When approaching Ancient Corinth even from a great distance, the large citadel of Acrocorinth looms above. Once the burial site of the ancient city, it was successively used & fortified by its many occupants. These included the Romans, Byzantines, Franks, Knights of Rhodes, and Venetians. Today, this site is well worth visiting and our tours bring you to the castle to wonder through its impressive entrance gates & explore further. Its magnificent panoramic views are wonderful & stretch to the sea and the Gulf of Corinth.
4 of our most popular Corinth-Tours are listed below, but you can see all Day-Tours, Multi-Day Tours, and Packages from our main menu. Ask us to tailor any further options you like.
Our Private Peloponnese Highlights Tour includes all the nearby Peloponnese sites visiting Epidaurus with its famous 5th century BC Theatre. At Ancient Mycenae, we also witness the first widespread regional culture. At over 5000 years old its impressive ruins & Toombs built from enormous stone blocks are awe-inspiring feats of engineering.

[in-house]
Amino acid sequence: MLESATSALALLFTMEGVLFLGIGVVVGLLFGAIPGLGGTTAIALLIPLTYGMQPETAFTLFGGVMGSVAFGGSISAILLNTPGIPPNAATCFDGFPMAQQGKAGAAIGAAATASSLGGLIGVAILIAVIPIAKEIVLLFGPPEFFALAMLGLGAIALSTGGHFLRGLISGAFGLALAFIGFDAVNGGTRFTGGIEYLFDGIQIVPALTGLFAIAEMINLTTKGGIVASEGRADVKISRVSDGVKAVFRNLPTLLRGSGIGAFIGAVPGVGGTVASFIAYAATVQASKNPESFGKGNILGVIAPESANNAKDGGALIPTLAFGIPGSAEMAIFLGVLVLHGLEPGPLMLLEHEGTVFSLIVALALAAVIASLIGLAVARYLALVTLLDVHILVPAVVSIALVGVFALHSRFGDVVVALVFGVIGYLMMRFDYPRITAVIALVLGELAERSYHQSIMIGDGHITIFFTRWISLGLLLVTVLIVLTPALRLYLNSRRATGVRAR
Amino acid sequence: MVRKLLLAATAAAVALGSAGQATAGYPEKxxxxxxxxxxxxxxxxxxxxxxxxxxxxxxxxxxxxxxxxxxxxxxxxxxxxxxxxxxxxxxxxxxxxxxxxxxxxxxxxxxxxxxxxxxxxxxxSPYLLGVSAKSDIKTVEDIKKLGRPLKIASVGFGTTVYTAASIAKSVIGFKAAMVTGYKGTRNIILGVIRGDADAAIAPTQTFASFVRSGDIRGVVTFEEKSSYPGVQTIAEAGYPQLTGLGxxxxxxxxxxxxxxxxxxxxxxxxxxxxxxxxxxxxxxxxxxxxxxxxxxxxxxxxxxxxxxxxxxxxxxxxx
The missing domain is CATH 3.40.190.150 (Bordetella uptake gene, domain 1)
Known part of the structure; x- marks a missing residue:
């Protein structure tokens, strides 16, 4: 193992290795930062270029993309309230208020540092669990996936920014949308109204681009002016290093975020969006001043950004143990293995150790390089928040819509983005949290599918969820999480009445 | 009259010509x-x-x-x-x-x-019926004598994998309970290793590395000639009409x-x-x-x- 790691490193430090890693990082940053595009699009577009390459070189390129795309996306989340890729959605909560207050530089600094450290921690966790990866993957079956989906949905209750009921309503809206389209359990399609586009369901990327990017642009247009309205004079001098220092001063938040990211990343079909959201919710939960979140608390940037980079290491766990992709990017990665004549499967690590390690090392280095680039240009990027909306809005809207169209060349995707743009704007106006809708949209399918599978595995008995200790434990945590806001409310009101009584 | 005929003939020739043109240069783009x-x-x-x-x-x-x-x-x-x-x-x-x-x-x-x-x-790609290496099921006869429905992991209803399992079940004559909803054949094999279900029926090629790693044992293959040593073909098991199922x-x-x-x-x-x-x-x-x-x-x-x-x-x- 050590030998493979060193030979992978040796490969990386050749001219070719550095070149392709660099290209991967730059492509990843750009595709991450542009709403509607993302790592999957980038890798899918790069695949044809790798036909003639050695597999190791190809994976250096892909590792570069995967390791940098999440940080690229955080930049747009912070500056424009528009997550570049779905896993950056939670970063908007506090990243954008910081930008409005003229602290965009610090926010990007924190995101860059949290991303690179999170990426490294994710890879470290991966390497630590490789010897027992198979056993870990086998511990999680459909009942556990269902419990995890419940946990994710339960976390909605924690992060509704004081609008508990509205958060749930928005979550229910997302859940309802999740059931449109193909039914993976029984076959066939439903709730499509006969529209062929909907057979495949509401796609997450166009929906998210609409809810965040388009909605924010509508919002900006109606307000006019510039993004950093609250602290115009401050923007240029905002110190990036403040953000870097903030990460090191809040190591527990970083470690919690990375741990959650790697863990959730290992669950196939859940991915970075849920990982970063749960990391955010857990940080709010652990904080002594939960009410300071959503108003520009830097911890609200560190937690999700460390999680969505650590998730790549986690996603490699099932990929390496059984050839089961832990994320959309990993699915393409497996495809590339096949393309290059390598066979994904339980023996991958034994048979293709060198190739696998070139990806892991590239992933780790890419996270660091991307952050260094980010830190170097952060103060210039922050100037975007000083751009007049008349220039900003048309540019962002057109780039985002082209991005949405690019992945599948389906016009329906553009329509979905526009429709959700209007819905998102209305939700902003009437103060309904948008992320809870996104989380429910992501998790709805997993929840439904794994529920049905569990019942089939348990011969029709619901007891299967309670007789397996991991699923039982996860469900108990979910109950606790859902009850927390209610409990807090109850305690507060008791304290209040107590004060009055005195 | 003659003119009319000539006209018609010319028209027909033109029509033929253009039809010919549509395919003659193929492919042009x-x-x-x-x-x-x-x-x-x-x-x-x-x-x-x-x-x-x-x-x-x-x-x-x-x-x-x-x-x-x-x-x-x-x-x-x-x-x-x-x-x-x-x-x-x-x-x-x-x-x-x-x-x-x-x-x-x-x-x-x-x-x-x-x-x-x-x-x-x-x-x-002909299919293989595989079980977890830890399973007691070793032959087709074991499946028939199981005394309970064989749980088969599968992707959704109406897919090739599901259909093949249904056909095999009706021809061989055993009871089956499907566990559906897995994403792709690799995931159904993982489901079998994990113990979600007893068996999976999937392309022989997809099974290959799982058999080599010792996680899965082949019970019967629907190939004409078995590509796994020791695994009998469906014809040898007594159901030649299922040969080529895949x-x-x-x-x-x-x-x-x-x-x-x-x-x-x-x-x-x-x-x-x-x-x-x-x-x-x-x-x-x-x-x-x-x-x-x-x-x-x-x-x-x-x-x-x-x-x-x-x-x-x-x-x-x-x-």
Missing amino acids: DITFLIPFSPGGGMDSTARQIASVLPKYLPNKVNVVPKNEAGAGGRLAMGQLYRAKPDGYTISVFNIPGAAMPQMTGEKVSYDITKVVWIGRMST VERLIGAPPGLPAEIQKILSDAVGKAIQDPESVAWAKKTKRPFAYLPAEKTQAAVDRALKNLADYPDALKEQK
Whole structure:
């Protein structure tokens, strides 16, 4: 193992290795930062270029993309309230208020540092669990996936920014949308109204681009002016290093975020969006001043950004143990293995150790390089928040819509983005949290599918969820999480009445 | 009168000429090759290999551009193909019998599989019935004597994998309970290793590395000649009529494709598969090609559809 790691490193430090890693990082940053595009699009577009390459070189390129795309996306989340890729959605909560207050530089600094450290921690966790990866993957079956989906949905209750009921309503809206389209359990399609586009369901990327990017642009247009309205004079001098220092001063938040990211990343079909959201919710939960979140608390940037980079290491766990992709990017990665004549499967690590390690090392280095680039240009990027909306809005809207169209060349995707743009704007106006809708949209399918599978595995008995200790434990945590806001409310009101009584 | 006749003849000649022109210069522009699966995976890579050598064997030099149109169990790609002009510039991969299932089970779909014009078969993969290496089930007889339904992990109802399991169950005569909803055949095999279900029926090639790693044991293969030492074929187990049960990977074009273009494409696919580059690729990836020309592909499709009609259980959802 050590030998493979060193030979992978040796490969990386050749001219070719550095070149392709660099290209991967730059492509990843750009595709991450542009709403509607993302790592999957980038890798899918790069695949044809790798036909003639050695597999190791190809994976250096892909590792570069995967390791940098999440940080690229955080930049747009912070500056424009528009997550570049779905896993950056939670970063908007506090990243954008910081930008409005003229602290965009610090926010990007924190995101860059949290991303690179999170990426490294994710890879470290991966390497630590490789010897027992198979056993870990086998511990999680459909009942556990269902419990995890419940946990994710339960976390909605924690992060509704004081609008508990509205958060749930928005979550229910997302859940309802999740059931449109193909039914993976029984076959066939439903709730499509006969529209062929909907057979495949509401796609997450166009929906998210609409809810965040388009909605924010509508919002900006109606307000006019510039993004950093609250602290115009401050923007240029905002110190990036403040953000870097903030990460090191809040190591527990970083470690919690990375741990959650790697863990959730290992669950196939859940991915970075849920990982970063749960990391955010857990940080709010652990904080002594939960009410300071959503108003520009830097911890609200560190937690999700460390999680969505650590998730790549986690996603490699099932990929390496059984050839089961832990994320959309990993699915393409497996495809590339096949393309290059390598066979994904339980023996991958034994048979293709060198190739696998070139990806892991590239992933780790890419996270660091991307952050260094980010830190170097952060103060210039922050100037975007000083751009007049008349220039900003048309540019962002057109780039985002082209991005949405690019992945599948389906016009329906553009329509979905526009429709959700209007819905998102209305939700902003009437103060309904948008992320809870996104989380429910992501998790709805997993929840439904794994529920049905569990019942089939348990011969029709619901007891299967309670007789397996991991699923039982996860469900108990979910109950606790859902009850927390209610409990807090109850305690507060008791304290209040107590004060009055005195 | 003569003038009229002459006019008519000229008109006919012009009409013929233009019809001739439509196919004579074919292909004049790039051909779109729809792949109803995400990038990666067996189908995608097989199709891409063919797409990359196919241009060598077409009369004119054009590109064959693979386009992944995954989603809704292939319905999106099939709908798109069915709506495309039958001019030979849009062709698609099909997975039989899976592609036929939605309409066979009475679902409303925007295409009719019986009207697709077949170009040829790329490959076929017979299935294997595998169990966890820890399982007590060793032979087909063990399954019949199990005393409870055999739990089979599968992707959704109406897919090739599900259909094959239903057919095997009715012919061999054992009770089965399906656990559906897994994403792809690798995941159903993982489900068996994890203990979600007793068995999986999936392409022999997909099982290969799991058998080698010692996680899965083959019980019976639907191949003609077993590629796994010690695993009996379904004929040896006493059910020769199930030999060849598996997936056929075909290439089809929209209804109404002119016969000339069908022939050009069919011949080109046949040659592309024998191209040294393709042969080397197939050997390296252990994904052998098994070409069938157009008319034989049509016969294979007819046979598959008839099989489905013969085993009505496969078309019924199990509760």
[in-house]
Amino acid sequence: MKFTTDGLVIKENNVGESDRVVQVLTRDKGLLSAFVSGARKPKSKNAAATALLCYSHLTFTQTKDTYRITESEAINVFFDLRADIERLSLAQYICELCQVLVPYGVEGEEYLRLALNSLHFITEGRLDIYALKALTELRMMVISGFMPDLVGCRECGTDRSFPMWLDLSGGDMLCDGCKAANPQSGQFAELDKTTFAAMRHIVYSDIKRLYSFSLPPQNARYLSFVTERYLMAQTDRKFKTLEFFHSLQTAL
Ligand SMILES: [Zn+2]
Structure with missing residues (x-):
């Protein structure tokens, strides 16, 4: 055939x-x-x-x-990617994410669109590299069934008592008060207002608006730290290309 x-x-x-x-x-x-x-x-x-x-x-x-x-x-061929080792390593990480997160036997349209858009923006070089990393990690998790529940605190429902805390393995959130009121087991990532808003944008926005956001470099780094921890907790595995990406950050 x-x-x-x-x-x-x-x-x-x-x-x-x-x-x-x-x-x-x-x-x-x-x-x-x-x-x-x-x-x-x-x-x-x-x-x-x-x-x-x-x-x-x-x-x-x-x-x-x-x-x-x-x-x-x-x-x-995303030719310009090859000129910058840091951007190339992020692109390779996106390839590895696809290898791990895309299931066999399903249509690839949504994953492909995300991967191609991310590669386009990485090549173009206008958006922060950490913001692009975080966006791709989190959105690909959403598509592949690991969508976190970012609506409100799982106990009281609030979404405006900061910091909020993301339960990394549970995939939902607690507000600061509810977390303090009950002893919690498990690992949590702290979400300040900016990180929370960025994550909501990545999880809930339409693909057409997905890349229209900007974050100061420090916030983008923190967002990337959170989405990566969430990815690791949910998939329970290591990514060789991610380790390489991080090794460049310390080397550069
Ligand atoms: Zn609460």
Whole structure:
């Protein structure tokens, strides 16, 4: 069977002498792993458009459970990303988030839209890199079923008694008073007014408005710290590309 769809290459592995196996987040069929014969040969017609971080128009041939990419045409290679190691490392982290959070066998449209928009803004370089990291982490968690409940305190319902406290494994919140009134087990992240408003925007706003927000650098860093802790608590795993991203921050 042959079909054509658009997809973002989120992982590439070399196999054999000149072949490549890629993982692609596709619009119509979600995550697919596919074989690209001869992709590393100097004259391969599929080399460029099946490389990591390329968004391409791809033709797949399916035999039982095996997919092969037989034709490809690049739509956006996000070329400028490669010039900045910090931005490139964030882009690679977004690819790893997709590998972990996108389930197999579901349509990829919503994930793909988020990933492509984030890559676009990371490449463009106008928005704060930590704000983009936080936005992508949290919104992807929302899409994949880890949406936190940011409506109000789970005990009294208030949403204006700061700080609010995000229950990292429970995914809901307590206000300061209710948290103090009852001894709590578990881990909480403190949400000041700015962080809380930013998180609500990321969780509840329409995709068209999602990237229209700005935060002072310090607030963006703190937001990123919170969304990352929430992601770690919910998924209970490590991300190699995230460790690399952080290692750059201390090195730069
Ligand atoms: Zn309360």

Ancient Olympia is also in the region. Visit the place of origin of the Olympic games where you can venture through the tunnel its athletes entered through and emerge into the stadium in which they competed. The Temple of Zeus and extensive ruins along with its dedicated museum are one of the most outstanding sites in Greece & covered in our Multi-Day ‘Classical Greece‘ Tour range.
Take a Licenced Guide. On request, we will have your dedicated licensed Archaeological guide waiting for you at the Archaeological site to bring to life the sights, sounds & history of the site with you.
Stop at the Corinth Canal. The modern Canal was built in 1881 & has a fascinating history. Watch out for the sign to the ‘Isthmus‘ after an hour from Athens – its easy to miss.